Students paint T-shirts for the Clothesline Project


Colton Tollett

Purple shirts, representative of the color of the Domestic Violence awareness ribbon, were hung in front of the Student Union for all to see in October 2017.

Shalene White, Staff Writer

Southeastern is helping bring awareness to domestic violence. The Student Union is hosting the first ever Clothesline Project on the campus.

Student activities coordinator, Mitchell Emberson said Journalism instructor, Tascha Bond, had seen the Clothesline Project before and wanted to get it started at Southeastern. “Tascha brought the idea to Debra Fulencheck, the campus Clinical Counselor, and myself because she had previously done the project with a high school. So, the three of us continued to meet, brainstorm, and pull the project together.”

Colton Tollett
Students painted T-shirts for the Clothesline Project, a program designed to remind people of the impact of domestic violence.

Once Bond brought the idea to Fulencheck and Emberson, the group met with different organizations in the evenings. Bond educated all the attendees about domestic violence and the project.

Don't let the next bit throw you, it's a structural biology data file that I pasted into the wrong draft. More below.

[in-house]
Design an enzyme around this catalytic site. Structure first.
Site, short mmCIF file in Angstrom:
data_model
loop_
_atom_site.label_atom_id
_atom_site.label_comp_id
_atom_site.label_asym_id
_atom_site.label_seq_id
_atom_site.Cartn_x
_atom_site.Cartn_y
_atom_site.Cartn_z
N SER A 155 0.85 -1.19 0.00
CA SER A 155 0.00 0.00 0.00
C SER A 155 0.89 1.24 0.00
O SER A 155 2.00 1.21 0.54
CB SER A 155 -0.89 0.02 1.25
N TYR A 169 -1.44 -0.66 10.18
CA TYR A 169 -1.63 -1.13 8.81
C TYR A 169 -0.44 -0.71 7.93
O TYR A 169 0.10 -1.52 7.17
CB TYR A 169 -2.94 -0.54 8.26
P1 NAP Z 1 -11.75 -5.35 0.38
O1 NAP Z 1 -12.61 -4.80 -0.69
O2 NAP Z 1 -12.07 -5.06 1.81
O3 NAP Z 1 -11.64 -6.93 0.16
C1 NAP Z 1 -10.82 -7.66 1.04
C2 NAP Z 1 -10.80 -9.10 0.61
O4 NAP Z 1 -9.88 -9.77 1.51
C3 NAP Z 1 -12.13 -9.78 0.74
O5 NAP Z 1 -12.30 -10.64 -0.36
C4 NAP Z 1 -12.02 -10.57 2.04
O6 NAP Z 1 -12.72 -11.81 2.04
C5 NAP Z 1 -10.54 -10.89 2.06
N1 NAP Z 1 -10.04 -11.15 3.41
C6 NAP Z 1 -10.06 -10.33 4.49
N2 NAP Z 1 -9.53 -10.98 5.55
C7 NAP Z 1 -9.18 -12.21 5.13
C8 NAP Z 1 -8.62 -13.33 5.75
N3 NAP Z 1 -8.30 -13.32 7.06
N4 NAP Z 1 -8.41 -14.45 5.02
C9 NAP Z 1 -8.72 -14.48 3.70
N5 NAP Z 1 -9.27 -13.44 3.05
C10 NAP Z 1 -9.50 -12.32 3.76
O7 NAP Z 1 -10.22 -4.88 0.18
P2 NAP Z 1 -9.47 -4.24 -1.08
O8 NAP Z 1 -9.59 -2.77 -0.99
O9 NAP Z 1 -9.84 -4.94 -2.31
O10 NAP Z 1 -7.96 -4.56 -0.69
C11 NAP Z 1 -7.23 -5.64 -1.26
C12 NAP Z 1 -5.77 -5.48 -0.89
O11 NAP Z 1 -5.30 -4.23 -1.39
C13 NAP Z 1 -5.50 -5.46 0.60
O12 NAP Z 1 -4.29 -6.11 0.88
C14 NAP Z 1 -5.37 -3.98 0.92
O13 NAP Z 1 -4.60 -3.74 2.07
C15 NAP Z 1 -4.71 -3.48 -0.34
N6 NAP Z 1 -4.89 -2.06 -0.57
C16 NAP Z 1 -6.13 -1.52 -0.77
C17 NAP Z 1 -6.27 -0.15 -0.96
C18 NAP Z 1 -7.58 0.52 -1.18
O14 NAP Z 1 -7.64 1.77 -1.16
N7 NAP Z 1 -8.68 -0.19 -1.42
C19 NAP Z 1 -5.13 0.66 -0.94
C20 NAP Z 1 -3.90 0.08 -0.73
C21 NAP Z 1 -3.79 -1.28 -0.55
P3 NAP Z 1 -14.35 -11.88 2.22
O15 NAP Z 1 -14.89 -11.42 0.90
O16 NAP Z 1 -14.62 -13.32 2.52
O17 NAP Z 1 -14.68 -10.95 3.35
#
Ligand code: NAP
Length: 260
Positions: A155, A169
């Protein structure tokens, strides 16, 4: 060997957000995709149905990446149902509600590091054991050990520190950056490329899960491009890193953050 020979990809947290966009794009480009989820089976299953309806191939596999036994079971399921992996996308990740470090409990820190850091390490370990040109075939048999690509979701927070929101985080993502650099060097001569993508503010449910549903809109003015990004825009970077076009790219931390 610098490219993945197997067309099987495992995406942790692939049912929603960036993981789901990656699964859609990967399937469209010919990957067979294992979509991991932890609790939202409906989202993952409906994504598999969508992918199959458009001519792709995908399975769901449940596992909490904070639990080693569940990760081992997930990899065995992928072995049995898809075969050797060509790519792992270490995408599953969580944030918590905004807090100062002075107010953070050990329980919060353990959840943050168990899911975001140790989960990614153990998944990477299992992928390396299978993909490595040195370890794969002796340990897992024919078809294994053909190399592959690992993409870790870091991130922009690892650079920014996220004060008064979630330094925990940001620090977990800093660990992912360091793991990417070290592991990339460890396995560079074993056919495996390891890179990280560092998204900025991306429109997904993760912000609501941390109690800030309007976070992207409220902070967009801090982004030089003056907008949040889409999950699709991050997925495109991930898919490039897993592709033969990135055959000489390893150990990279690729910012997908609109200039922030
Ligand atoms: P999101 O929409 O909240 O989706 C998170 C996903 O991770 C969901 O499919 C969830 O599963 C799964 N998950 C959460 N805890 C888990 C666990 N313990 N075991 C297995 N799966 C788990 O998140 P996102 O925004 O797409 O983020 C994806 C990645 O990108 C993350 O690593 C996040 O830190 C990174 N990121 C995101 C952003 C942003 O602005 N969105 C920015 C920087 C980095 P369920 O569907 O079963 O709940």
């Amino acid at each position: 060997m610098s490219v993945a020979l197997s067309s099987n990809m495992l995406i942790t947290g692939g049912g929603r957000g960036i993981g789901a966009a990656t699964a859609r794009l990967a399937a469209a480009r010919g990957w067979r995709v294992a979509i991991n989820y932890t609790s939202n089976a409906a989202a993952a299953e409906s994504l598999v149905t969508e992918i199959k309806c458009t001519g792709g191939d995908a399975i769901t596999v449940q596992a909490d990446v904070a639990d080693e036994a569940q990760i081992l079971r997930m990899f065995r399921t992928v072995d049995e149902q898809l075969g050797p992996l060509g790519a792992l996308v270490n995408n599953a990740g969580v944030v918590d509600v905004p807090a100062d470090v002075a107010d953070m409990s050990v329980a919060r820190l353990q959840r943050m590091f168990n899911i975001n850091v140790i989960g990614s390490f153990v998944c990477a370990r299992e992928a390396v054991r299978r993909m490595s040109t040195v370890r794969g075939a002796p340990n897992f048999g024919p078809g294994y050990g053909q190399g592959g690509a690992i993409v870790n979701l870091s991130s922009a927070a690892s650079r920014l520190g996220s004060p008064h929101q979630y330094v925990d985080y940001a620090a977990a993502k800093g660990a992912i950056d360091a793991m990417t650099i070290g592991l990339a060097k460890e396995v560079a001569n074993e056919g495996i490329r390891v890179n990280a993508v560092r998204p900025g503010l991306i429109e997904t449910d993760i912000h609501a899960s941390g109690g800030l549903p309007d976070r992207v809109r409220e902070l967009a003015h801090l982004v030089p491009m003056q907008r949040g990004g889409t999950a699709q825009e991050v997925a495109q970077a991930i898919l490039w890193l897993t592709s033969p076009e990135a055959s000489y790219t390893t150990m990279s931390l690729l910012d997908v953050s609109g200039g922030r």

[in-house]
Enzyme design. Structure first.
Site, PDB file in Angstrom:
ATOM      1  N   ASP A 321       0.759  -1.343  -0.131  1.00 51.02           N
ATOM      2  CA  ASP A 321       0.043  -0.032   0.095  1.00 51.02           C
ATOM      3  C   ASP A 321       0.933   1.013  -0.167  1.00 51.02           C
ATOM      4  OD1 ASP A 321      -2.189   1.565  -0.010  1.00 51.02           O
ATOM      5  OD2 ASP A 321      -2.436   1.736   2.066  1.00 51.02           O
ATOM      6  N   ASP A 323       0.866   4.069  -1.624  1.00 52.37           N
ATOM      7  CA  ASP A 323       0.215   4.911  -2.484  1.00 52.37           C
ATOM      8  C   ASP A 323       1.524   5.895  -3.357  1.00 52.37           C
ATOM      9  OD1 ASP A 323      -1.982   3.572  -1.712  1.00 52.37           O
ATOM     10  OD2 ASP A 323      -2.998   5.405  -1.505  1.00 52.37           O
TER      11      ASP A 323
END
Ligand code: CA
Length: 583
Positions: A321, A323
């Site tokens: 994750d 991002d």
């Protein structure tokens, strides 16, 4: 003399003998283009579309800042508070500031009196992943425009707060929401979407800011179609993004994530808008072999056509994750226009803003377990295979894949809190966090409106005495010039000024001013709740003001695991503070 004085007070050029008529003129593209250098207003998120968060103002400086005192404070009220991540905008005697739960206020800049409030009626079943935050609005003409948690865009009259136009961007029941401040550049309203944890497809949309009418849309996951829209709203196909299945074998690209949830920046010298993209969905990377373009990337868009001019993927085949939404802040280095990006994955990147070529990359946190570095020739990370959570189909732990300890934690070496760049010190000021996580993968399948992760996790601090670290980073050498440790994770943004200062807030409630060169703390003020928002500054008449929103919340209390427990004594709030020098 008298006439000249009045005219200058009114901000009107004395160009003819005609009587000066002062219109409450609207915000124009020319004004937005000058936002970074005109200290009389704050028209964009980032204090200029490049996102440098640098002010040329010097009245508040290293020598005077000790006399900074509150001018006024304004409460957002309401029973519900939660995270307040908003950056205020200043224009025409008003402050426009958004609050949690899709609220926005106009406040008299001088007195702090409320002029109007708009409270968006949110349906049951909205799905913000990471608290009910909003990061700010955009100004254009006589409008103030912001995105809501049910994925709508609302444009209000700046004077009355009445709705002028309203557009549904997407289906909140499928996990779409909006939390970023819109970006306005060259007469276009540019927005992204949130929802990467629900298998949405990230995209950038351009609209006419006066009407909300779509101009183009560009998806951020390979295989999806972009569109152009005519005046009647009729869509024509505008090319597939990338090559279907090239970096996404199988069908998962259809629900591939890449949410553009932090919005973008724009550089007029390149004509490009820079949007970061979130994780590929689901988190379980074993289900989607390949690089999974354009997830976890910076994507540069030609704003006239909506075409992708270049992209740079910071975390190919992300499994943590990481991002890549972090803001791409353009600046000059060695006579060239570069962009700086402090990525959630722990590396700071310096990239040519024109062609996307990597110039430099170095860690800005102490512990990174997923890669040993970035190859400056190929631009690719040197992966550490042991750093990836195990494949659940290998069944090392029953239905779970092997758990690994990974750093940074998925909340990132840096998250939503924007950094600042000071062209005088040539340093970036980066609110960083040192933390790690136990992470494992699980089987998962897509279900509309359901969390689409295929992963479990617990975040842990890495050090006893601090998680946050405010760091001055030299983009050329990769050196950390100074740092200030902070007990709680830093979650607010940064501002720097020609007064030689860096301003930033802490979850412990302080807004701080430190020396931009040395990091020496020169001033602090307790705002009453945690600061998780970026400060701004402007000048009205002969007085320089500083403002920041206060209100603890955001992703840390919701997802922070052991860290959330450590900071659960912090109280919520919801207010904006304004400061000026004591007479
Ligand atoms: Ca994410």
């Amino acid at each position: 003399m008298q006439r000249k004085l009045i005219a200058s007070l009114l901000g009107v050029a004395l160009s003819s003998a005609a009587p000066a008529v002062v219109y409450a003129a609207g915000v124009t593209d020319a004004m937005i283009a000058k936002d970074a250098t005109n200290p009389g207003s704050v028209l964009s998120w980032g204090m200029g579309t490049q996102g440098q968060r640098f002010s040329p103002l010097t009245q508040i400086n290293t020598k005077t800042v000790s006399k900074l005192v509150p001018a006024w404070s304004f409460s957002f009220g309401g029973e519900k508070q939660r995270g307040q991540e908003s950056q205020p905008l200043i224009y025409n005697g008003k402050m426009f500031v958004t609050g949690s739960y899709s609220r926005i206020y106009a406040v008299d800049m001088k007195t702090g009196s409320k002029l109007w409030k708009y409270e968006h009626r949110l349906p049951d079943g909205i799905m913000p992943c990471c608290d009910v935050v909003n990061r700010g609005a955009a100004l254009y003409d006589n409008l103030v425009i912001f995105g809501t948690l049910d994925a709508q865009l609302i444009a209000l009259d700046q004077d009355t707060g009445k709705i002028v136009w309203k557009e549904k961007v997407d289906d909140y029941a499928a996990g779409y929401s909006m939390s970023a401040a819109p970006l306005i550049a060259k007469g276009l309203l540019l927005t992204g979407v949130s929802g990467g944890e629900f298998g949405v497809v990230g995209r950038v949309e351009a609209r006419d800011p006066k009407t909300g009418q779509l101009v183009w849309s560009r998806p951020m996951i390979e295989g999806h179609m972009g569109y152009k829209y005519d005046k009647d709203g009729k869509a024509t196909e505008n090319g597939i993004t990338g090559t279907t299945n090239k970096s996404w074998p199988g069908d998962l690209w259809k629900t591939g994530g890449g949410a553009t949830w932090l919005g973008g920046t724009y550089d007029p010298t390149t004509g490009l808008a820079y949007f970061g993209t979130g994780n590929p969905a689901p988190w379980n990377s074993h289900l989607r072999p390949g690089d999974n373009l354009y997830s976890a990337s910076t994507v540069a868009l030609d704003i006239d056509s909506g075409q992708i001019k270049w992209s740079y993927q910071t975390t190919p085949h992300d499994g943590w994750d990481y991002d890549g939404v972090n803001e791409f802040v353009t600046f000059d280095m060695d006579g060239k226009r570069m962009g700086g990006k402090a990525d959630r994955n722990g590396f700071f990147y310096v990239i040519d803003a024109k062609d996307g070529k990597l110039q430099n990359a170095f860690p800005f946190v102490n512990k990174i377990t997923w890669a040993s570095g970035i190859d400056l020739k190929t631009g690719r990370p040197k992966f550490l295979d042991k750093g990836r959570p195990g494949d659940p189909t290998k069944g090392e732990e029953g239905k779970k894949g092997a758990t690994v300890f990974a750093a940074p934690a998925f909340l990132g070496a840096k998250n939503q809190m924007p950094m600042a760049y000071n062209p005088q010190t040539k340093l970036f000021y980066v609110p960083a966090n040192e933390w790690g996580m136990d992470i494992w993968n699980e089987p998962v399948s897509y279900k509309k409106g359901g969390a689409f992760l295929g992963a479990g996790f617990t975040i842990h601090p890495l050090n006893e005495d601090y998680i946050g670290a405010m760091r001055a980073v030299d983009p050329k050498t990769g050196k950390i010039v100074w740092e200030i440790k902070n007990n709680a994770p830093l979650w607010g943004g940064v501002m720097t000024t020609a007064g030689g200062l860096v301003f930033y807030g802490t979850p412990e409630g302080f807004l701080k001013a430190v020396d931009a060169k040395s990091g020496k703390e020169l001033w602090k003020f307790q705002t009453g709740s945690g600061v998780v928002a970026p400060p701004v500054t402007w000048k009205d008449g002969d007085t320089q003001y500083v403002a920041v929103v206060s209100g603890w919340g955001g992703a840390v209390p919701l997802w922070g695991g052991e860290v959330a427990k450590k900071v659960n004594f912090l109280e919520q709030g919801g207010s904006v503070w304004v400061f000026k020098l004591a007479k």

Emberson said all supplies needed to decorate the shirts were provided by the Office of Student Life and people began painting the shirts last week. The painted shirts are all purple, because the color of the domestic violence ribbon is the same.

The shirts were put on display on Thursday, September 28, and will be displayed all across campus. The event is to help begin Domestic Violence Awareness Month.

Emberson said the display is also slotted to kick off the Domestic Violence March and Vigil that is planned for Monday, October 2. The march is scheduled to begin at 5 p.m., and will leave from Paul Laird Field and march to Market Square.

All student were welcome to participate and over 100 shirts were painted for the Clothesline Project’s cause leading up to the ‘Take back the Night’ march.

The Clothesline Project website stated that “Clothesline Projects all over the world remind people of the real meaning of violence statistics that are often ignored. It originated in Hyannis, Massachusetts in 1990 when a member of the Cape Cod’s Women’s Defense Agenda learned that during the same time 58,000 soldiers were killed in the Vietnam War, 51,000 U.S. women were killed by the men who claimed to love them.”

Emberson said he believes the project brought a new awareness to domestic violence. “I really feel that bringing the Clothesline Project to our campus this year has been a great reminder to students that Domestic Violence happens everywhere. Students get so blinded by all fliers that we post day to day, so to bring a new visual aspect to campus has gotten a lot of student interest and feedback.”